Q3. How should borrowers who contact their servicers be handled with respect to HAMP if the service does not yet have the proper documents or is not yet equipped to evaluate the borrowers’ situation?
- Servicers are required to validate the homeowner’s eligibility for HAMP and capacity to pay. Servicers should begin the process of collecting the required documentation from the homeowner and the information necessary to establish an escrow account on non- escrowed loans. Based on the servicer’s understanding of the homeowner’s ability to pay, a service may place a homeowner on a forbearance plan pending its ability to execute a HAMP modification. Foreclosure actions (with the exception of those in Georgia, Hawaii, Missouri and Virginia), including initiation of new foreclosure actions, must be postponed for all borrowers that meet the minimum HAMP eligibility criteria.
Q8. Must servicers suspend foreclosure or not initiate foreclosure for all borrowers who are potentially eligible for the HAMP?
- To ensure that a borrower currently in foreclosure or at risk of foreclosure has the opportunity to apply for a HAMP modification, servicers should not proceed with a foreclosure sale until the borrower has been evaluated for the program. Additionally, servicers are strongly encouraged not to initiate foreclosure until a borrower has been evaluated and determined to be ineligible for the program or the borrower fails to respond to a Trial Period Plan offer that has been made by the service.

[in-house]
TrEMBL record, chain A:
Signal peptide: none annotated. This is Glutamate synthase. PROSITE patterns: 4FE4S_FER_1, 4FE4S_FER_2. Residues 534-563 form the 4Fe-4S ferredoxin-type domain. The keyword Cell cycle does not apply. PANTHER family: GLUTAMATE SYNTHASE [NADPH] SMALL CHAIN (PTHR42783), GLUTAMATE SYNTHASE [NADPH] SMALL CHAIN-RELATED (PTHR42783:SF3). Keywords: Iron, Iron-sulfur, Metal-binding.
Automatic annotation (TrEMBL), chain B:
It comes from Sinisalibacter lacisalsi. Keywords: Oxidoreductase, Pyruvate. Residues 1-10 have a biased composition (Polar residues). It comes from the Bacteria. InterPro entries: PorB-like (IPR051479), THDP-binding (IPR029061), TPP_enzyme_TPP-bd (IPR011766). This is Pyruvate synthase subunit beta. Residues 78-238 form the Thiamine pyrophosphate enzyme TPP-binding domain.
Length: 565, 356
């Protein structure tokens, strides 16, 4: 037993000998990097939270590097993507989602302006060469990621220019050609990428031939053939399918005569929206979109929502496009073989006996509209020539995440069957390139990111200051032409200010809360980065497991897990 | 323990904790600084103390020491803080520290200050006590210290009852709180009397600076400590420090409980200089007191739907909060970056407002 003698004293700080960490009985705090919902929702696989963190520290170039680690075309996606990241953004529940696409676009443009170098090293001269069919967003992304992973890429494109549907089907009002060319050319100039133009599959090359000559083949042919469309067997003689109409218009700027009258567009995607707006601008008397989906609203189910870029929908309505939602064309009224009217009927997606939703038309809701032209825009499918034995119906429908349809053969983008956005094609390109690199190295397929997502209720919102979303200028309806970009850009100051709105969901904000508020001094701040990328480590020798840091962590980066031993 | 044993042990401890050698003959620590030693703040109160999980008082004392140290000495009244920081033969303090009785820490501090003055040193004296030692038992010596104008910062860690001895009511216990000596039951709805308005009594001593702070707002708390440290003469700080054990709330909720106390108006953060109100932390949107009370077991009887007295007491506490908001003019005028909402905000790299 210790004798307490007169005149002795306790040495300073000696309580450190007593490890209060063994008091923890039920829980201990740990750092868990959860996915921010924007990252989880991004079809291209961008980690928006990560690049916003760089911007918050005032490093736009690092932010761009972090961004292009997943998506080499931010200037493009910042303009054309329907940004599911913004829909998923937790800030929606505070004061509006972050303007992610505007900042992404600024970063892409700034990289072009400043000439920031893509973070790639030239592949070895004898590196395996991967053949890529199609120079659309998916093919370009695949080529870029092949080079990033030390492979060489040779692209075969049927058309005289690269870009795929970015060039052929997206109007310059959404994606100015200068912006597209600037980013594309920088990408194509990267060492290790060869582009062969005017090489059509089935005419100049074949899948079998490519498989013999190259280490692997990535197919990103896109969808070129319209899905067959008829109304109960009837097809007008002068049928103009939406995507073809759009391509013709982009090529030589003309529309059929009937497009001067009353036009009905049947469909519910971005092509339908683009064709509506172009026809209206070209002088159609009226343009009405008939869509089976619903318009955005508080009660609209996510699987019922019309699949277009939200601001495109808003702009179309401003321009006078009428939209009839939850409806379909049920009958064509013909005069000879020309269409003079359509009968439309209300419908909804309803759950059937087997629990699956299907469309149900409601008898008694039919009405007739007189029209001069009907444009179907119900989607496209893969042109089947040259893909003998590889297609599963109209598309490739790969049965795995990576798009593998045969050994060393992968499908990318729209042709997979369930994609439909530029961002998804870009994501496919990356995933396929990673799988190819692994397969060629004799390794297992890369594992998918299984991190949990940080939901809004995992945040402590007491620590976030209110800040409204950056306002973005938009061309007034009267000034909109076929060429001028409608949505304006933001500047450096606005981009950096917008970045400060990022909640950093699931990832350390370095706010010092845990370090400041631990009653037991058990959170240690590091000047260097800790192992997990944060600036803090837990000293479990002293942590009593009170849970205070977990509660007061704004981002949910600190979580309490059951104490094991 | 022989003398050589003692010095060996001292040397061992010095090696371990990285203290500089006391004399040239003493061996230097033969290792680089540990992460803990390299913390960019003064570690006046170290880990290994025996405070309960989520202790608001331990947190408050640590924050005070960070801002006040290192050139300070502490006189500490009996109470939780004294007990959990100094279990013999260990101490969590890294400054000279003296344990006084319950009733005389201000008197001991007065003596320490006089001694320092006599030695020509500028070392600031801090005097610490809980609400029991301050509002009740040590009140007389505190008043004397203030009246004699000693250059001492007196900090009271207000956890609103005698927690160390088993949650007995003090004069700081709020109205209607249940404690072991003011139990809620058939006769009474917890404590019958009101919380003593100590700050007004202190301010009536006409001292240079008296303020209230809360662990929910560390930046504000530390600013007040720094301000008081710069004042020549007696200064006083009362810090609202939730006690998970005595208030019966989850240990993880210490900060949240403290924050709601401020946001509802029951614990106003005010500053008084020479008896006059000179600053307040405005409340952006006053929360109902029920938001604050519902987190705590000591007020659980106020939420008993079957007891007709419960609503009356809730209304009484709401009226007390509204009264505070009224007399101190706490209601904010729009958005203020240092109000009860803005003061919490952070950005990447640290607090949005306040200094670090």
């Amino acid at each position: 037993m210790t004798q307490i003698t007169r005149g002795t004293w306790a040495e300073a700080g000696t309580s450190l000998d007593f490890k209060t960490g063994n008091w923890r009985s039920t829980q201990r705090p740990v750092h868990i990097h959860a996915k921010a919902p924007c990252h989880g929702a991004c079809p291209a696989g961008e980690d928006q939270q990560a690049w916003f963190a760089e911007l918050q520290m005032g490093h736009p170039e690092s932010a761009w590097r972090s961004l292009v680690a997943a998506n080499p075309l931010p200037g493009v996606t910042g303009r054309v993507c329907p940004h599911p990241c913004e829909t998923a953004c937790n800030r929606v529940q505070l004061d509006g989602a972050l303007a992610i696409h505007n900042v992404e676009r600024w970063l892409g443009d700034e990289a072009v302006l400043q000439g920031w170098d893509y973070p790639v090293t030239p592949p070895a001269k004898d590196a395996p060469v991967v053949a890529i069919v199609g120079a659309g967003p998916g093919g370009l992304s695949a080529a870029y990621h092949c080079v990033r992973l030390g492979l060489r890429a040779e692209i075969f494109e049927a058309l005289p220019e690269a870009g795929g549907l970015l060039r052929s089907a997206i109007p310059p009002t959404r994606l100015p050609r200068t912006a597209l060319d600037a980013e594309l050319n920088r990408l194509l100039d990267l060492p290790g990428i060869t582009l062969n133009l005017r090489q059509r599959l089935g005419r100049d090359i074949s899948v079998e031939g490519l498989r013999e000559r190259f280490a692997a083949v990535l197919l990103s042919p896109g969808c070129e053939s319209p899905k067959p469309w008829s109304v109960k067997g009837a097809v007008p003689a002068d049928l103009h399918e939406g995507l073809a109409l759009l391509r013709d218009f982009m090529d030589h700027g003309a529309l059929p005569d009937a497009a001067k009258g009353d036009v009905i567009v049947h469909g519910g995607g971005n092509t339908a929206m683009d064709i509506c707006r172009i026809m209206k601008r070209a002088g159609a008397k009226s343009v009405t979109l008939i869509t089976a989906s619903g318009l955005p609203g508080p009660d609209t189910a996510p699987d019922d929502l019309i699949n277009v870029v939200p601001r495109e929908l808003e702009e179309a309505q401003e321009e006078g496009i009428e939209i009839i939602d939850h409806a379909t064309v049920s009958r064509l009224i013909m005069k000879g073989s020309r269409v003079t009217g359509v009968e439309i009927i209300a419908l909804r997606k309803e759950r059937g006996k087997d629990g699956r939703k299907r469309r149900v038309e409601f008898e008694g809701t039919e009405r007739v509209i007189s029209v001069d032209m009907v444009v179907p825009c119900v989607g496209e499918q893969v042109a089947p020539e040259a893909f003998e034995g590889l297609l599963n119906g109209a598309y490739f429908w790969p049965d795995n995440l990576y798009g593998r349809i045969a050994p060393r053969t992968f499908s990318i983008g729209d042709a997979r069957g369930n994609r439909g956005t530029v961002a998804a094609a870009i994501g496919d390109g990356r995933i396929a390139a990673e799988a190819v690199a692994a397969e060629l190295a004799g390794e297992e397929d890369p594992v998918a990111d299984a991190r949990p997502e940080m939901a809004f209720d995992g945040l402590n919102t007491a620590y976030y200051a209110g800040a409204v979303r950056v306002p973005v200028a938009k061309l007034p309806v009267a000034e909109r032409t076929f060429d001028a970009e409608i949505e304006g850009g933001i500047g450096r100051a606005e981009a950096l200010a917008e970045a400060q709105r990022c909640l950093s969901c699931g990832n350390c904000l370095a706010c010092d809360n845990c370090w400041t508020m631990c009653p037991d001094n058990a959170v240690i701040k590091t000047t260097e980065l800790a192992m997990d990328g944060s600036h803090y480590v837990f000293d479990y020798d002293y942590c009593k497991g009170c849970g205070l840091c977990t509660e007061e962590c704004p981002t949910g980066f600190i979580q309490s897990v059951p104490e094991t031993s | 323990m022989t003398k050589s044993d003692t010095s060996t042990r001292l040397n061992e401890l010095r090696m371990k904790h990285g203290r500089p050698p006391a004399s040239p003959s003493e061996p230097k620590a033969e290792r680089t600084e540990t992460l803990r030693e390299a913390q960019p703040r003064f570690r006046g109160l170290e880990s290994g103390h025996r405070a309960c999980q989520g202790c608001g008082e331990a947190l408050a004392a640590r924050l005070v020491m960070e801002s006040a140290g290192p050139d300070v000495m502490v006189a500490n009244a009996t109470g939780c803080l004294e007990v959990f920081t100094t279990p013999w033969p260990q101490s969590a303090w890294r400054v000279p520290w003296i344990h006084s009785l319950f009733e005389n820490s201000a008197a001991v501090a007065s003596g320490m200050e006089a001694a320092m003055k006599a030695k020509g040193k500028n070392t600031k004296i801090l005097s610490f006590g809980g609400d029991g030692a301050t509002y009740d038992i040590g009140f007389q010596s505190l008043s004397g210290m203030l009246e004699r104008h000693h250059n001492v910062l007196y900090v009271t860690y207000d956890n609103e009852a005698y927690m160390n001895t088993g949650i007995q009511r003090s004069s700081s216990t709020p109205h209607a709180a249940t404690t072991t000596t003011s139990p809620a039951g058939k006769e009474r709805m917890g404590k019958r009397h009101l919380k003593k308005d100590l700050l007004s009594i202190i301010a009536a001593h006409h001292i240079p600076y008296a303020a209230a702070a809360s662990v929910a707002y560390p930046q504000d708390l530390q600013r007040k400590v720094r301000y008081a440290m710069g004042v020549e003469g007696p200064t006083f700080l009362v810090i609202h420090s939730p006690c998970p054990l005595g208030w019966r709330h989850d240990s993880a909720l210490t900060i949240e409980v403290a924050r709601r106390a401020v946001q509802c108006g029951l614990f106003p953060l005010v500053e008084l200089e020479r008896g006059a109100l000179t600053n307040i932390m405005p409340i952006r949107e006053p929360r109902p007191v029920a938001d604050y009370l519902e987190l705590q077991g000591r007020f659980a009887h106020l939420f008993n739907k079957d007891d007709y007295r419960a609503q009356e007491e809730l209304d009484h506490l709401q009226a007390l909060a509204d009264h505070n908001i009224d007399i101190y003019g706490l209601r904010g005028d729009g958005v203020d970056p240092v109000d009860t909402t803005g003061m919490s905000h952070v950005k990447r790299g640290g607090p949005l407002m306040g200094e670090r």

Federal law states that, “Foreclosure actions (with the exception of those in Georgia, Hawaii, Missouri and Virginia), including initiation of new foreclosure actions, must be postponed for all borrowers that meet the minimum HAMP eligibility criteria”. The Federal law additionally states that the servicers are required to validate the homeowners’ eligibility for HAMP and the homeowner must be given the opportunity to apply.
Federal law also states that, “To ensure that a borrower currently in foreclosure or at risk of foreclosure has the opportunity to apply for a HAMP modification, servicers should not proceed with a foreclosure sale until the borrower has been evaluated for the program”.
Therefore, in accordance with Federal law, States' Circuit Court's Chancery divisions (with the exception of those in Georgia, Hawaii, Missouri and Virginia) should not allow a foreclosure action, including initiation of new foreclosure actions, or foreclosure sales to proceed until such time that the bank can document that a homeowner has been given the opportunity to apply for a HAMP modification.
Currently banks and servicers are required to mail a document that informs the homeowner of their potential eligibility for a HAMP via regular mail. Regular mail does not guarantee receipt by the homeowner of this document and therefore does not ensure that a borrower currently in foreclosure or at risk of foreclosure has been made aware of their eligibility or has had the opportunity to apply for a HAMP modification.